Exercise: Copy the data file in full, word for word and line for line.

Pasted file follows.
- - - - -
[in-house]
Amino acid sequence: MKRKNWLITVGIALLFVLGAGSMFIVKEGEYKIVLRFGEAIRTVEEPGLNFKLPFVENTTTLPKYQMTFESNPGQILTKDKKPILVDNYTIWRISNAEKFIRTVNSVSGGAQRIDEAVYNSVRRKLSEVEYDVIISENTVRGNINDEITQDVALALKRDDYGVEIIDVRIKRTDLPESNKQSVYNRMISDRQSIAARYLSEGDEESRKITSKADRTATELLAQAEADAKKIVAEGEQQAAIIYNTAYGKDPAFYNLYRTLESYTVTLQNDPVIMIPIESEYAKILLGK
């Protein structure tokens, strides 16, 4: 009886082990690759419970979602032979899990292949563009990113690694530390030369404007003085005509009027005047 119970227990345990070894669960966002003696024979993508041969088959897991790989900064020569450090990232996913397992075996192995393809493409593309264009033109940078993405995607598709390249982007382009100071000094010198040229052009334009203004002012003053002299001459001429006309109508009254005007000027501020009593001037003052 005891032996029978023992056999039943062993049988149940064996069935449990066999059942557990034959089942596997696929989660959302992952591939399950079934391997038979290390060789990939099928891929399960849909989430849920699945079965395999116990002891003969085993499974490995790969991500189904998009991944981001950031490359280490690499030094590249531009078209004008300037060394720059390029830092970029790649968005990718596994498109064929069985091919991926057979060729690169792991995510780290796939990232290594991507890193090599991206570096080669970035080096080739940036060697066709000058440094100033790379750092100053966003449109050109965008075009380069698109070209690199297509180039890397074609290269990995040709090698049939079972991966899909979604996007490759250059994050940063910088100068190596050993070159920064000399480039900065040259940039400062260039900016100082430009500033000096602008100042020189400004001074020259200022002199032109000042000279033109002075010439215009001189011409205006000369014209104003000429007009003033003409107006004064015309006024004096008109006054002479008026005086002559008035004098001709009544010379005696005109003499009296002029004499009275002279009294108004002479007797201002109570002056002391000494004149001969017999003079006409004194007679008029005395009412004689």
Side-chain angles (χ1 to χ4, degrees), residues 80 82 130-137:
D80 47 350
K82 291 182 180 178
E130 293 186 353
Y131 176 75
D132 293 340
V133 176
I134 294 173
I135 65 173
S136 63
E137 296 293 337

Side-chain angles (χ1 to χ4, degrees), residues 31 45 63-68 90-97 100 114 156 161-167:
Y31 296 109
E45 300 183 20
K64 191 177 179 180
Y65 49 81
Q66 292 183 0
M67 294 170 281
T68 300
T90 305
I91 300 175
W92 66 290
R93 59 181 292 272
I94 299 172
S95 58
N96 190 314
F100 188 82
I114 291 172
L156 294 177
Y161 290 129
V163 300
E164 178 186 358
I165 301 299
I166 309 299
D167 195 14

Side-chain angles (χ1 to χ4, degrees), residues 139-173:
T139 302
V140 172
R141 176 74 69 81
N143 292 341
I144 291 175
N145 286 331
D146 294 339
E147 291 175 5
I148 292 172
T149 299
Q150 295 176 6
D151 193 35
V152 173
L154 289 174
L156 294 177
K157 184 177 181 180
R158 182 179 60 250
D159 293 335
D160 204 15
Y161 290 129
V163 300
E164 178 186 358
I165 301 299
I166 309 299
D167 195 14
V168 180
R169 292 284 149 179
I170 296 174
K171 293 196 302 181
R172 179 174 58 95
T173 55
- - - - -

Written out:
[in-house]
Amino acid sequence: MKRKNWLITVGIALLFVLGAGSMFIVKEGEYKIVLRFGEAIRTVEEPGLNFKLPFVENTTTLPKYQMTFESNPGQILTKDKKPILVDNYTIWRISNAEKFIRTVNSVSGGAQRIDEAVYNSVRRKLSEVEYDVIISENTVRGNINDEITQDVALALKRDDYGVEIIDVRIKRTDLPESNKQSVYNRMISDRQSIAARYLSEGDEESRKITSKADRTATELLAQAEADAKKIVAEGEQQAAIIYNTAYGKDPAFYNLYRTLESYTVTLQNDPVIMIPIESEYAKILLGK
């Protein structure tokens, strides 16, 4: 009886082990690759419970979602032979899990292949563009990113690694530390030369404007003085005509009027005047 119970227990345990070894669960966002003696024979993508041969088959897991790989900064020569450090990232996913397992075996192995393809493409593309264009033109940078993405995607598709390249982007382009100071000094010198040229052009334009203004002012003053002299001459001429006309109508009254005007000027501020009593001037003052 005891032996029978023992056999039943062993049988149940064996069935449990066999059942557990034959089942596997696929989660959302992952591939399950079934391997038979290390060789990939099928891929399960849909989430849920699945079965395999116990002891003969085993499974490995790969991500189904998009991944981001950031490359280490690499030094590249531009078209004008300037060394720059390029830092970029790649968005990718596994498109064929069985091919991926057979060729690169792991995510780290796939990232290594991507890193090599991206570096080669970035080096080739940036060697066709000058440094100033790379750092100053966003449109050109965008075009380069698109070209690199297509180039890397074609290269990995040709090698049939079972991966899909979604996007490759250059994050940063910088100068190596050993070159920064000399480039900065040259940039400062260039900016100082430009500033000096602008100042020189400004001074020259200022002199032109000042000279033109002075010439215009001189011409205006000369014209104003000429007009003033003409107006004064015309006024004096008109006054002479008026005086002559008035004098001709009544010379005696005109003499009296002029004499009275002279009294108004002479007797201002109570002056002391000494004149001969017999003079006409004194007679008029005395009412004689």
Side-chain angles (χ1 to χ4, degrees), residues 80 82 130-137:
D80 47 350
K82 291 182 180 178
E130 293 186 353
Y131 176 75
D132 293 340
V133 176
I134 294 173
I135 65 173
S136 63
E137 296 293 337

Side-chain angles (χ1 to χ4, degrees), residues 31 45 63-68 90-97 100 114 156 161-167:
Y31 296 109
E45 300 183 20
K64 191 177 179 180
Y65 49 81
Q66 292 183 0
M67 294 170 281
T68 300
T90 305
I91 300 175
W92 66 290
R93 59 181 292 272
I94 299 172
S95 58
N96 190 314
F100 188 82
I114 291 172
L156 294 177
Y161 290 129
V163 300
E164 178 186 358
I165 301 299
I166 309 299
D167 195 14

Side-chain angles (χ1 to χ4, degrees), residues 139-173:
T139 302
V140 172
R141 176 74 69 81
N143 292 341
I144 291 175
N145 286 331
D146 294 339
E147 291 175 5
I148 292 172
T149 299
Q150 295 176 6
D151 193 35
V152 173
L154 289 174
L156 294 177
K157 184 177 181 180
R158 182 179 60 250
D159 293 335
D160 204 15
Y161 290 129
V163 300
E164 178 186 358
I165 301 299
I166 309 299
D167 195 14
V168 180
R169 292 284 149 179
I170 296 174
K171 293 196 302 181
R172 179 174 58 95
T173 55